Friday, December 26, 2008

Dayo (2008)

Dayo (Robert Quilao, 2008)
English Title: Wanderer

Robert Quilao's Dayo (Wanderer), the second fully-animated feature length Filipino film to be released this year (after Reggie Entienza's sorely disappointing Urduja), opens with the camera gliding past clouds and a computer-generated airplane on flight before finally landing in a school where, if we are to observe the festive decors and the joyous attitude of the students, some kind of event is transpiring. The opening sequence is supposed to visually astound. However, after seeing better-funded animated features by more established studios this year like Pixar (Andrew Stanton's WALL·E) and Dreamworks (Mark Osbourne & John Stevenson's Kung Fu Panda), it only succeeds to emphasize how far behind the Philippines is in terms of animation technology.

In fact, some of the better animated films released around this world this decade never relied on cutting edge animation to tell a genuinely good story. There's Lee Seong-kang's My Beautiful Girl, Mari (2002), a film about two boys who are transported to a magical place. There's also Toe Yuen's My Life as McDull (2001) and its sequel McDull, Prince de la Bun (2004), about the famous cartoon pig's adventures growing up in Hong Kong. Sadly, the third installment, Samson Chiu's McDull, The Alumni (2006), which splits animation and live action, isn't as successful for a number of different reasons. Other animated films released during the same period, films like Hironobu Sakaguchi and Moto Sakakibara's extremely awful Final Fantasy: The Spirits Within (2001) or Chris Wedge and Carlos Saldanha's terribly unfunny Robots (2005), rely on sheer spectacle to cover up for the lack of coherent material. Obviously, there's something more to animation than vivid colors, and fart jokes.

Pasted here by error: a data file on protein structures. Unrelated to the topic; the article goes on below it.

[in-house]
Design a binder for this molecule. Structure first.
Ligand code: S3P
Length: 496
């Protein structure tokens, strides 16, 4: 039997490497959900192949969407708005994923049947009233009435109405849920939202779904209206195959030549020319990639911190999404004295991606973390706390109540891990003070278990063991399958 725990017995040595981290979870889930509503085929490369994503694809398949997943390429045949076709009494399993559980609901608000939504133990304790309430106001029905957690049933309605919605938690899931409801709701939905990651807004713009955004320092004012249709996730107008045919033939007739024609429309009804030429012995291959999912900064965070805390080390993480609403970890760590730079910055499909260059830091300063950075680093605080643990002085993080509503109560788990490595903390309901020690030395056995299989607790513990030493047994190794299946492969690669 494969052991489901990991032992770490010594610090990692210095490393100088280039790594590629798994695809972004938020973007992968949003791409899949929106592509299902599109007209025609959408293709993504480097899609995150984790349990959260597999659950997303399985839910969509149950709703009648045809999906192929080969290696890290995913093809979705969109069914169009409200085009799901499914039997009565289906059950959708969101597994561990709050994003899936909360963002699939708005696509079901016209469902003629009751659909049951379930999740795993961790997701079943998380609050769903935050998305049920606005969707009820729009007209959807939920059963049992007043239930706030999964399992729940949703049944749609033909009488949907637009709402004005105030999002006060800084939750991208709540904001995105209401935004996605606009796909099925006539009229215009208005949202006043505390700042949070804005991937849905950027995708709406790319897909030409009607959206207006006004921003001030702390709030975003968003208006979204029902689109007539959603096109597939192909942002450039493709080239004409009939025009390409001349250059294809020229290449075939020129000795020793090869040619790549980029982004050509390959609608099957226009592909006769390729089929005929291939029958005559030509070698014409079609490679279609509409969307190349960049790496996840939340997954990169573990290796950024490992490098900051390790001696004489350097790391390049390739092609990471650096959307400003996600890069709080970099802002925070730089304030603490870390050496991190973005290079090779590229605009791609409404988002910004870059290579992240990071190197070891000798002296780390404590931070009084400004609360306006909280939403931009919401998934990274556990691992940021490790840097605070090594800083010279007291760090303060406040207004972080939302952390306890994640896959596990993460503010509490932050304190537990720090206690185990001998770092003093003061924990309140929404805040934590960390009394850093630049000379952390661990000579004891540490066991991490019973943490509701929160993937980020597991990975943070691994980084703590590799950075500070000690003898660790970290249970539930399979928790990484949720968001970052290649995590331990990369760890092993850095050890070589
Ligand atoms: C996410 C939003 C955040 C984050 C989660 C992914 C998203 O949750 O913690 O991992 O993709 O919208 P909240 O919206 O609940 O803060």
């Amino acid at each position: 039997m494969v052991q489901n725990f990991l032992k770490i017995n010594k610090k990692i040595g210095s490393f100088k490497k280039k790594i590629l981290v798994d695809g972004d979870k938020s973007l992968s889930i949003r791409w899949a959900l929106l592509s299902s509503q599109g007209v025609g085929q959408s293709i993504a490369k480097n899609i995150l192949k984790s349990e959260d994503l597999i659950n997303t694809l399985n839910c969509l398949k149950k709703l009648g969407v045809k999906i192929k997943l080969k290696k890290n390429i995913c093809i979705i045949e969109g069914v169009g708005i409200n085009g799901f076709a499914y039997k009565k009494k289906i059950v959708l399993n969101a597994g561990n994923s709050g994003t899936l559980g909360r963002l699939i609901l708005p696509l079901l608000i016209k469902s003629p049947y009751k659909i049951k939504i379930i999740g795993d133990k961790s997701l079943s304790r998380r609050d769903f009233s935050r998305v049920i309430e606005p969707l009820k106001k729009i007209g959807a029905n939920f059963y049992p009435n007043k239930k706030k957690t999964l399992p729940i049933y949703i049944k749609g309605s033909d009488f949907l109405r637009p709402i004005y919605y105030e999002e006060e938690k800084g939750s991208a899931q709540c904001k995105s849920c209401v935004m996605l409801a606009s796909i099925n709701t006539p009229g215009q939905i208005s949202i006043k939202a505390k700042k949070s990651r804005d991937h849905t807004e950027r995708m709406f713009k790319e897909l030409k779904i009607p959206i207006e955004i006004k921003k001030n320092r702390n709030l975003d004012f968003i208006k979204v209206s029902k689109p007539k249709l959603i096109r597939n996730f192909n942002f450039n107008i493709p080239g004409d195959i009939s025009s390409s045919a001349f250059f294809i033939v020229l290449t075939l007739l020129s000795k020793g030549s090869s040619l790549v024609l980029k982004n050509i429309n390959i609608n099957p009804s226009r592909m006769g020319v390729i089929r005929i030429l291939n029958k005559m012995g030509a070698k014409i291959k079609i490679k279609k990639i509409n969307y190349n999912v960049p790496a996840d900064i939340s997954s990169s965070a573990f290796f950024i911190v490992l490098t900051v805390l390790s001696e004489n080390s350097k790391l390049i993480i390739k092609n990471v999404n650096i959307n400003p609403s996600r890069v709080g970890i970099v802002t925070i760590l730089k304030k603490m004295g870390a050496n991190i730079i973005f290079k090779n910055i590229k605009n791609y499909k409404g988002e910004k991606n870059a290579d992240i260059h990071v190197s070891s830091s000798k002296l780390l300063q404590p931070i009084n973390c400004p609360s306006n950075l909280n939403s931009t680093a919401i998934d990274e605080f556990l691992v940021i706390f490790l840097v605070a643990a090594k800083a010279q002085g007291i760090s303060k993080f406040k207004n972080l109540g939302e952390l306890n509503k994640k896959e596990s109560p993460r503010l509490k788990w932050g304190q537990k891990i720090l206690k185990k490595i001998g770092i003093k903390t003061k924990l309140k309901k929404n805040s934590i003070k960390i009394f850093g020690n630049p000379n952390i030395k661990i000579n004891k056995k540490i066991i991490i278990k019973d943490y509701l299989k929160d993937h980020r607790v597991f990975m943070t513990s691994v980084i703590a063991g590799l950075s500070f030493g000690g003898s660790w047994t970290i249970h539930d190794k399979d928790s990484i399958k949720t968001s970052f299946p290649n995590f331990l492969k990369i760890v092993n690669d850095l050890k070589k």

The animation of Dayo is consistently low-tech: traditionally animated characters are pasted on computer generated backgrounds. To those whose barometer for quality in animation relies on manufactured realism and astonishing smoothness of movement, Dayo may be awful, a sorry attempt to introduce an animation industry in a country that produces talented animators but could never produce the audience for locally-produced animated films. Fortunately, Dayo is able to sustain interest through sheer charm, the excellent voicework by veteran actors (Johnny Delgado, Laurice Guillen, Nova Villa and Noel Trinidad) and current comedians (Michael V., Pokwang, and Gabe Mercado), the gorgeous musical score composed by Jesse Lasaten, and the very effective sound design. Dayo isn't bad. It's actually quite good.